Berkeley womans photos capture infancy of Jewish state

From images of immigrant camps sprouting out of the desert to a sleek shot of the elegant Supreme Court building, Berkeley photographer Eva Korn has captured visions of Israel from its infancy to its almost-50-year-old adulthood.

Her exhibit of 28 photos is traveling throughout the East Bay as part of the "Israel at 50" celebration sponsored by the Jewish Federation of the Greater East Bay. "Envision Israel: The Land, The Heart, The People" features black-and-white shots Korn took on a 1951 trip and color photos from a return visit last year.

"Some of the black-and-white pictures are really depicting Israel as it no longer is," said Korn, a Holocaust survivor from Czechoslovakia. "It's really historic."

The exhibit, which recently had its first showing at the Contra Costa Jewish Community Center, re-opens Tuesday, Dec. 2 at Jewish Community Services of Oakland and Piedmont. From there, the exhibit travels monthly through next October to synagogues, community centers and college campuses in the East Bay.

Among Korn's shots is a staggering view of Ma'abara, a temporary city of hundreds of tin huts erected to house the huge wave of immigrants to Israel in the early 1950s. Korn's close-up of a blind Yemenite woman and a baby puts a face to the people who flooded in.

Korn was studying photography in Switzerland when her cousin, who'd supplied Korn with her first camera, invited her to visit Israel. There, she was reunited with her younger brother, an Israeli soldier. During her six-week stay, Korn traveled throughout the new country — and was amazed by what she saw and experienced.

"The people were on fire about their country," she said. "The country was dirt poor. But they were all involved in building. There was such excitement."

The energy was contagious. Korn had experienced an assimilated life in both her native Bratislava and later in Switzerland. Because she'd lost her parents and other family members in the Holocaust, she'd distanced herself from what Jewish identity she had. "I felt I didn't want to be Jewish, really," she recalled. "I felt being a Jew is suffering.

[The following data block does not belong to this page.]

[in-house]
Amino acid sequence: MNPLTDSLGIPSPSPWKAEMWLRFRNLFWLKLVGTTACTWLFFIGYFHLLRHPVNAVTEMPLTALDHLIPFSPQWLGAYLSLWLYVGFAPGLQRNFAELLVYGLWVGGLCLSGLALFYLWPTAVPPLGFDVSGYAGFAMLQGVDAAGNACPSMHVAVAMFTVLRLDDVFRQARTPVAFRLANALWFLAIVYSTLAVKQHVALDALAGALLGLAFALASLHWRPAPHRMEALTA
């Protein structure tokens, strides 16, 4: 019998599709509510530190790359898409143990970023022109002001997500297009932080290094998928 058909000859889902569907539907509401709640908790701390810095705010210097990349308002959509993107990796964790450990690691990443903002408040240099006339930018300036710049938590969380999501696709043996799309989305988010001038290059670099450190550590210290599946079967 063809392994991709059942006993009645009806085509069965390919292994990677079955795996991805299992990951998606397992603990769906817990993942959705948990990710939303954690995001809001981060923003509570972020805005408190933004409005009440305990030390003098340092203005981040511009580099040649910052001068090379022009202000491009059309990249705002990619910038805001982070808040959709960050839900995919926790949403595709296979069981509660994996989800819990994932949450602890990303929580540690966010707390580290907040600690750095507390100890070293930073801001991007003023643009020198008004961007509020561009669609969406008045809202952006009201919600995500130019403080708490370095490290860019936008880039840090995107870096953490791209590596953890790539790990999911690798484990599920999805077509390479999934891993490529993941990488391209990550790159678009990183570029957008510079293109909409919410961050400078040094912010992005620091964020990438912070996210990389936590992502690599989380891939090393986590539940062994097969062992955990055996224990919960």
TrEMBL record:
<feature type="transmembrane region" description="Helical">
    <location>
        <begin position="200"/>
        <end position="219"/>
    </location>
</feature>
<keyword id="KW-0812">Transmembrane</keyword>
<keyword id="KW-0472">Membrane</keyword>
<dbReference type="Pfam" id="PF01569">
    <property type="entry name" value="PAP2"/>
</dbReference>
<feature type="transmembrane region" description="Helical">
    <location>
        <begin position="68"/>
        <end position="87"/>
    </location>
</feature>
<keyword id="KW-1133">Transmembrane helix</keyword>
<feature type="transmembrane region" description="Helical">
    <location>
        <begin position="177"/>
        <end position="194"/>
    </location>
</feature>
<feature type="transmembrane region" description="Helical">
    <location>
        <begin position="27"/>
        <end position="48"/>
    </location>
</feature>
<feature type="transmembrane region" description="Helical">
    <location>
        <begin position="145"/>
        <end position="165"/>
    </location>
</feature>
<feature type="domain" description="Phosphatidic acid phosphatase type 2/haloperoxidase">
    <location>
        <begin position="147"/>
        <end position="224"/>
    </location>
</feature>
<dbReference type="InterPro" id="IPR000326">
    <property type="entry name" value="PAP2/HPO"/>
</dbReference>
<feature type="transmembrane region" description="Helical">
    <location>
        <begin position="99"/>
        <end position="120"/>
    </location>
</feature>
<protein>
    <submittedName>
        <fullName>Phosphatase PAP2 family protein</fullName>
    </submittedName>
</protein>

"Going to Israel changed all that. It was a very exciting and almost a miraculous trip for me."

Korn was astonished to find Jews everywhere in the new land, working all kinds of jobs. She snapped shots of "everything that had meaning to me…how this country was building itself up."

One of her pictures shows small children living on a kibbutz near Haifa as they played barefoot in a sandbox. Another photo shows Arab women carrying huge water jugs on their heads.

Shortly after Korn's trip, her photos were displayed at the World Exhibit of Photography in Switzerland.

Korn immigrated to the United States in 1953. She and her husband, Richard, have lived in Berkeley since 1965. She became a family therapist and currently works part-time for Jewish Family and Children's Services of the East Bay.

She's made many subsequent trips to Israel, though she's become increasingly troubled by tensions there.

Last year, Korn brought her camera along when she and her husband spent 10 weeks in Israel. "I got very turned on to photography," she said. "When I came back, I developed the pictures and saw that I had some real good ones."

She took her collection of photos from both trips to the East Bay federation, where Riva Gambert of the agency's Israel Center offered to sponsor a show as part of the 50th anniversary celebration of the state of Israel.

One of Korn's favorites of the newer pictures is the shot of the Supreme Court building. One wall is composed of old-style Jerusalem stone while the other is modern. The entrances to the building's five courtrooms are shaped like gates, reminiscent of how court was held at the gates of the city during biblical times.

"Anyone can come in and make a claim to the Supreme Court," she said.

Other photos selected for the show include some Israeli boys celebrating Sukkot, American teenagers visiting the country and a group of Ethiopian Jews. All photographs in the show are for sale.

"Envision Israel: The Land, The Heart, The People" is on display in December at Jewish Community Services of Oakland and Piedmont, 412 Monte Vista Avenue in Oakland.